About the Glyph™ Technology Platform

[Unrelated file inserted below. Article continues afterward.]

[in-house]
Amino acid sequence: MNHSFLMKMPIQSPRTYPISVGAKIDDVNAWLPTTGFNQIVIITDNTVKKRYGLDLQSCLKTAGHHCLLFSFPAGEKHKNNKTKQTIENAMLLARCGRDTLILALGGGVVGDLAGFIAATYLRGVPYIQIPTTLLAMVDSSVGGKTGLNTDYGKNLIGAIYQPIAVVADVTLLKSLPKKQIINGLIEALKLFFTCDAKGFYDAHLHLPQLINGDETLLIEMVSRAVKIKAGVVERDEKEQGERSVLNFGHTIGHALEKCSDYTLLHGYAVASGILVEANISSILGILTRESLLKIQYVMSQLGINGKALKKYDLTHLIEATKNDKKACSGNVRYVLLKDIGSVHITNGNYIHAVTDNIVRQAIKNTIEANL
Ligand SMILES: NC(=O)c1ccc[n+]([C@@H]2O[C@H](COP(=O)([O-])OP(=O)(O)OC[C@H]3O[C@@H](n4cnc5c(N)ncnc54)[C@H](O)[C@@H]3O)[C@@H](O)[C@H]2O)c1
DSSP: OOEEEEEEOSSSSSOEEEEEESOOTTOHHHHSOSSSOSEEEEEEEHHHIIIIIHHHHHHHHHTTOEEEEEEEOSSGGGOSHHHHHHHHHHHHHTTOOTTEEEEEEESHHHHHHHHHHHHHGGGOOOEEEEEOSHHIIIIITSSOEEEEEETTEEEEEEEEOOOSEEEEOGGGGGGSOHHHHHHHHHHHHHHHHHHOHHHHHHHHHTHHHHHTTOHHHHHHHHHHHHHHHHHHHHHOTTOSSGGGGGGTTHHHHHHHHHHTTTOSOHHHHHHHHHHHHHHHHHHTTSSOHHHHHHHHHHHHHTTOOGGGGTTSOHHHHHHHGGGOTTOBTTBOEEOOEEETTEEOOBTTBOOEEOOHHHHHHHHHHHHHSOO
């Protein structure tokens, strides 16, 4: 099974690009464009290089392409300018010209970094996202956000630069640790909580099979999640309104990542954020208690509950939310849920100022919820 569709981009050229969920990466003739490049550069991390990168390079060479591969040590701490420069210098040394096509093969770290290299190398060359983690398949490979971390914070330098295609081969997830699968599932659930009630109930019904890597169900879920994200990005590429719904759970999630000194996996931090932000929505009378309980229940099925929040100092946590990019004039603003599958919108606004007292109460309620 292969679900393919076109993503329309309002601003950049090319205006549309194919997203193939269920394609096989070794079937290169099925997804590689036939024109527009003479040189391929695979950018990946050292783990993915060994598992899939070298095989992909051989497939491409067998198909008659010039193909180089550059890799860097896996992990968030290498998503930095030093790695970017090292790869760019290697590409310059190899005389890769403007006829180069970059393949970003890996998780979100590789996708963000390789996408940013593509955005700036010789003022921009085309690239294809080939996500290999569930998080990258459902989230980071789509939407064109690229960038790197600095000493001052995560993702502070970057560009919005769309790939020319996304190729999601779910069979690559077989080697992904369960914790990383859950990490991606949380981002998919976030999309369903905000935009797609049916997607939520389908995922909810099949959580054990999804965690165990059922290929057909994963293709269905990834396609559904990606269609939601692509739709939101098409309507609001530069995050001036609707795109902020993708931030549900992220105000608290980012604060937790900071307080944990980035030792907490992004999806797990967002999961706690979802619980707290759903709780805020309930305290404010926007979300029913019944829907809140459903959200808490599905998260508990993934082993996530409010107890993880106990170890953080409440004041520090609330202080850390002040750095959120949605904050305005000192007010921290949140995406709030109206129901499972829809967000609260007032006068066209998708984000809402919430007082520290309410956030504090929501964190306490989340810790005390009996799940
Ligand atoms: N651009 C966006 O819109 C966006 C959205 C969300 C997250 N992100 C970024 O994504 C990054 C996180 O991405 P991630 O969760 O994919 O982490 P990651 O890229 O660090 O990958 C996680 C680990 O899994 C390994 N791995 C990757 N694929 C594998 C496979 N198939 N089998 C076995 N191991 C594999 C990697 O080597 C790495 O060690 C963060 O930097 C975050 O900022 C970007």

Glyph is PureTech's synthetic lymphatic-targeting chemistry platform which is designed to employ the lymphatic system's natural lipid absorption and transport process to enable the oral administration of therapeutics. Glyph reversibly links a drug to a dietary fat molecule, creating a novel prodrug. The linked fat molecule re-routes the drug's normal path to the systemic circulation, bypassing the liver and instead moving from the gut into the lymphatic vessels that normally process dietary fats. PureTech believes this technology has the potential to (1) enable direct modulation of the immune system via drug targets present in mesenteric lymph nodes and (2) provide a broadly applicable means of enhancing the bioavailability of orally administered drugs that would otherwise be reduced by first-pass liver metabolism. PureTech is leveraging validated biology to accelerate the development of a Glyph portfolio, prioritising highly characterised drugs to enhance with the Glyph technology based on the potential value unlocked in improving their oral bioavailability or lymphatic targeting. Glyph has achieved mechanistic proof-of-concept in the clinic with the first Glyph-generated therapeutic candidate, LYT-300 (oral allopregnanolone), which is being evaluated in a Phase 1 study. PureTech has exclusively licensed the Glyph technology platform, which is based on the pioneering research of Christopher Porter, Ph.D., and his research group at the Monash Institute of Pharmaceutical Sciences at Monash University. The Porter Research Group and collaborators have published research in Nature Metabolism, Angewandte Chemie, Frontiers in Pharmacology and the Journal of Controlled Release supporting the Glyph platform's ability to directly target the lymphatic system with a variety of therapies.